From the ground, the city was like nothing Jason had seen before. Or at least, nothing he had experienced at this scale.
The shining spires he had seen from the prison window were visible only as glimpses through the foliage overhead, every avenue a boulevard. A pair of tracks ran through the centre of the street, the train cars traversing them chuffing steam. Jason had yet to see a car, here, or in fact any vehicle other than the trains. The elves walked or rode everywhere, seemingly content with the comparatively slow pace of the city.
And it was a city, as much as the tree-cover tried to mimic a forest. The towers of course had bases, bright cafes, storefronts, and lobbies walled in with glass and stone. It was an entirely alien concept to Jason, seeing this world Yulevi described as elven possessed by such familiar human modernity. The two things just didn’t fit, weren’t ever supposed to fit.
Nothing has fit right since I woke up here, really, Jason pondered. Why can’t I just wake up to normal again?
Yulevi had led them out of the prison complex, weaving through empty stone corridors that reeked of stale air and mildew. They had avoided several guards, and had only needed to subdue a single pair. Yulevi had taken care of that work with a pistol and dagger, while Jason had waited around the corner with his own dagger quivering in nervous hands.
“So, where are we now?” he asked of the elven woman.
The pair had left the shadows between trees and towers, finding themselves suddenly in a sunlit square.
“The peddlers’ market,” Yulevi answered curtly.
Jason looked around at the broad, vendor-filled square. Multicoloured tents and awnings rippled in the slight breeze, making the sharp forms of the surrounding buildings look like shining cliffs rising from rainbow waves. It wasn’t much different from the street markets back home, really, but he couldn’t help but notice a significant difference.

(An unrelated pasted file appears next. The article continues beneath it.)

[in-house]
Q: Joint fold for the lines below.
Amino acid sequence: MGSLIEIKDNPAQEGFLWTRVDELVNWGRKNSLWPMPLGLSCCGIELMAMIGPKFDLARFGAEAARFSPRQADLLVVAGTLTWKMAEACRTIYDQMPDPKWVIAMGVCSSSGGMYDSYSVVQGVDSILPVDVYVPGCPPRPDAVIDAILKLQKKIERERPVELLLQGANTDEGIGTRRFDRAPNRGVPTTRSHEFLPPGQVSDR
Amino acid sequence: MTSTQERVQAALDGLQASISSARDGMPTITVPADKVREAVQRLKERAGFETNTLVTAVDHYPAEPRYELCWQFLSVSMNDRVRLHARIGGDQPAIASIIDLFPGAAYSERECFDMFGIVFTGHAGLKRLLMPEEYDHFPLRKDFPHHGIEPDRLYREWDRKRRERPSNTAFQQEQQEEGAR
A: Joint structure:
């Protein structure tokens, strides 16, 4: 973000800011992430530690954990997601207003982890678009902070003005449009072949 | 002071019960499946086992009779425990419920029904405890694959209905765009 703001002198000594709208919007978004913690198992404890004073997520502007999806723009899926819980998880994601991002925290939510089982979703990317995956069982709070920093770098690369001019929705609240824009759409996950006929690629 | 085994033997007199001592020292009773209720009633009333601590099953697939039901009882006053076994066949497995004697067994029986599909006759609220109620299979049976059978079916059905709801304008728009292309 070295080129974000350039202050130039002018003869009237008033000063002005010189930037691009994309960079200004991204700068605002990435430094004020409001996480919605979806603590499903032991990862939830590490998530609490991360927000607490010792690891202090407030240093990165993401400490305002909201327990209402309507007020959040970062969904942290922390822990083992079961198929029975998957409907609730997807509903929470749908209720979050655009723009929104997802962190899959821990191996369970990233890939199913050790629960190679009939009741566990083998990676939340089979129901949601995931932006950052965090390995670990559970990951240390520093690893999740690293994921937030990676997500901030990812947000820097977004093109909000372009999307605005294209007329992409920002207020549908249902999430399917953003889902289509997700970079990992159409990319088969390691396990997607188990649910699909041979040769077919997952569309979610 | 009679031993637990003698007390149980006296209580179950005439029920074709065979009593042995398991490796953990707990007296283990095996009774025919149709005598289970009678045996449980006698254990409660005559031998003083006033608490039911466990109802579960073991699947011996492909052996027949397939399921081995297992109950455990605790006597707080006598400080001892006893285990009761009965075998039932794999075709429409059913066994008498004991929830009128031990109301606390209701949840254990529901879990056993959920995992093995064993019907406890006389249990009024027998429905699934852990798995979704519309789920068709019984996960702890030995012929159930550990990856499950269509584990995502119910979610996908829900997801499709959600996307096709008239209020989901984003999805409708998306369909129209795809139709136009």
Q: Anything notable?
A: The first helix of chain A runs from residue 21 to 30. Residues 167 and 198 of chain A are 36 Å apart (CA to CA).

“Why are people staring at me? Do I really look that different from you people?”
Indeed, every individual the pair passed gave pause to look at Jason, unashamed of their behaviour.
“In appearance you could pass as mixed-race. No, it’s your clothes,” Yulevi said.
“But I thought the whole point of stealing” - Jason almost hissed this word - “that dead man’s clothes was so I’d fit in!”
Yulevi didn’t even pause to consider before answering, “You’re dressed as a prison guard, Jason.”
“Oh,” he sighed. “Right.
They passed between stalls selling all manner of goods and trinkets, fruits and spices, bolts of cloth and finished clothes, and a host of other things Jason couldn’t hope to identify. New and vivacious sights, sounds, and smells assaulted his senses, sending his thoughts into cartwheels. An idea sprung to his spinning mind, although it was so simple he imagined Yulevi had already planned it. He gave voice to the thought, anyway.
“If my clothes are the problem, we should buy me new ones.”
Yulevi slowed her gait, as if caught suddenly in a cascade of her own thoughts and ideas. Turning to Jason, she said in hushed tones, “With what, Jason? We only just escaped.”
“Right,” he sighed a second time. Apparently Yulevi caught on to his disappointment, and was quick to offer a second suggestion.”
“I know someone here, sympathetic to our cause,” Yulevi said.
“Wait, I have a cause now?” Jason asked, bewildered. “Are there - No! Are there other people here!?”
Jason’s excited tones drew more looks from the people passing, though upon seeing his prison garb most shuffled away quickly. One of the vendors, a flame-haired woman feathers and jewellery, eyed him with cautious curiosity. Jason was ignorant in his excitement, his mind jumping to thoughts of returning home.
Yulevi shook her head. “I assume you mean other men. Although you are certainly not the first of your kind to visit Domain, I believe you are alone here presently.”
“So there have been others,” Jason stated, still set on a quick escape from Domain.
With a wave of her hand Yulevi dismissed the unspoken questions. “That is not for me to discuss with you, Jason.”
“Patience,” Yulevi interrupted. “And focus on the task at hand.”
“Which is?” Jason grunted.
“Following me,” Yulevi smiled. “And not drawing too much attention.”